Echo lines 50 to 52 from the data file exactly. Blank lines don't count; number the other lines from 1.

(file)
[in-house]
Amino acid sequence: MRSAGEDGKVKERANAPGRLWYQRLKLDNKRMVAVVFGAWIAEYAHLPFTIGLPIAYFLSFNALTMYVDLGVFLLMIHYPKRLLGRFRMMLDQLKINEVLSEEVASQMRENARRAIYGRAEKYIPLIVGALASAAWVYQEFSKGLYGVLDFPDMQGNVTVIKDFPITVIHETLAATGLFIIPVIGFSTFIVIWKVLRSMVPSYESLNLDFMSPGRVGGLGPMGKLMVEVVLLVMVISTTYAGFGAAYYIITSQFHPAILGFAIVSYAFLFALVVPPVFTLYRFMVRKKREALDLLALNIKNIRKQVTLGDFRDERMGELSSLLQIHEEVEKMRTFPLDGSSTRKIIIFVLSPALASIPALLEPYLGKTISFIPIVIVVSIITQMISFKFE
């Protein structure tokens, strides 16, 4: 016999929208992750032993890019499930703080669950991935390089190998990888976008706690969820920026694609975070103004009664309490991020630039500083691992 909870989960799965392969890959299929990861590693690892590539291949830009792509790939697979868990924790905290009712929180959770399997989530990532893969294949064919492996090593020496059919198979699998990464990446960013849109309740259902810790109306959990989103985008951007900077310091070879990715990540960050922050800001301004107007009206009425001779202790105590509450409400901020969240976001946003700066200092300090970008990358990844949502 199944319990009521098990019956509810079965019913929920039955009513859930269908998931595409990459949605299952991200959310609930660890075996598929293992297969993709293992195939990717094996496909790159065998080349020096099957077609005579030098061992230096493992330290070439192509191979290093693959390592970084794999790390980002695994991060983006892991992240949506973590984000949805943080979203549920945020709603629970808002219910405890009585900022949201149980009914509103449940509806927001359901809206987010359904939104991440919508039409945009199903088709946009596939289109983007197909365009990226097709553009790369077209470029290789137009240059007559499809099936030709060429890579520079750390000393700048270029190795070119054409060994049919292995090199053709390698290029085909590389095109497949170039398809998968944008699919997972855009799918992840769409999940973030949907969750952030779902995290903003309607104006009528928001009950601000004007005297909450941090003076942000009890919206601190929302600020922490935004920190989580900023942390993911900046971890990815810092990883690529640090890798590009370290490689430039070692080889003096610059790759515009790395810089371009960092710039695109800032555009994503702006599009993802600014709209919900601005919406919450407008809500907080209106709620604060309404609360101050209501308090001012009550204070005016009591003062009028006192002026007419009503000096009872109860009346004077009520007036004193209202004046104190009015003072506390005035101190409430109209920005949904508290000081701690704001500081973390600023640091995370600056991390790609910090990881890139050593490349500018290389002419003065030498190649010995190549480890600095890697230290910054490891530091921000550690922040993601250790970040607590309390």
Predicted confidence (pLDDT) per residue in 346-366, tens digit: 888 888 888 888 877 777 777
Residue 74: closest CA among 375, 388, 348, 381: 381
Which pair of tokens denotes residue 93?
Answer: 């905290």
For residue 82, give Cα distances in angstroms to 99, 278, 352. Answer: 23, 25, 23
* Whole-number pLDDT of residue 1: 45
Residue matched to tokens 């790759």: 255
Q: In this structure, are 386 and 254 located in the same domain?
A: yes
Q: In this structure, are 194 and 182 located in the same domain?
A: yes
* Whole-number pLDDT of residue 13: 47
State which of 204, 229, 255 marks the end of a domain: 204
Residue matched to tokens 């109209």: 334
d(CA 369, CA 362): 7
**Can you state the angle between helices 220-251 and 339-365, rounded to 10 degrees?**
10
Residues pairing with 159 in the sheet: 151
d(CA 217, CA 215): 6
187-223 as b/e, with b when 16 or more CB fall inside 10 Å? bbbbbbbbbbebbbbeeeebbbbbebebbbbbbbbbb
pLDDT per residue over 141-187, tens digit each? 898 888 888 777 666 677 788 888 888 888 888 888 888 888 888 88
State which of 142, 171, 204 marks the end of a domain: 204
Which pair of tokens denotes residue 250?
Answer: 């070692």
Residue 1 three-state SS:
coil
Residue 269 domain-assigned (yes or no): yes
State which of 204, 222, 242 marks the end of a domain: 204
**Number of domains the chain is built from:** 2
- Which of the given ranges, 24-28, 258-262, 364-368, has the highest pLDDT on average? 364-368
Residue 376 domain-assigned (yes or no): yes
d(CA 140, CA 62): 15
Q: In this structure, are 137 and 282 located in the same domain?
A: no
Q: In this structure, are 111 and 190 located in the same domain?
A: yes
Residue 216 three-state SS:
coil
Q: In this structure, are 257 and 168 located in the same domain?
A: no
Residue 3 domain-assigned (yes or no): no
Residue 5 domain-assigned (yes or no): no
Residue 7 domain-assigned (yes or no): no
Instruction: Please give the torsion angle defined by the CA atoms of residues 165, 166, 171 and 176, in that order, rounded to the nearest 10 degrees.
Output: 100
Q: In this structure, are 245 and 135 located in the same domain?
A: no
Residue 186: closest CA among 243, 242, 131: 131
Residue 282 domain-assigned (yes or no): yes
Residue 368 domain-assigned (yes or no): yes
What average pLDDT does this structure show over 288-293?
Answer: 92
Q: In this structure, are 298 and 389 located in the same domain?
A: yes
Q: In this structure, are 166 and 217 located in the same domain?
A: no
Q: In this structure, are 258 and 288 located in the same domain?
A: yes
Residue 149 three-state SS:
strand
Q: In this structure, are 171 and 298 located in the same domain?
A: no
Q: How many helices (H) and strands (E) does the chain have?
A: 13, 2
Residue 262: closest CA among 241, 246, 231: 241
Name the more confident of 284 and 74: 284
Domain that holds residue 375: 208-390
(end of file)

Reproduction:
A: no
Residue 186: closest CA among 243, 242, 131: 131
Residue 282 domain-assigned (yes or no): yes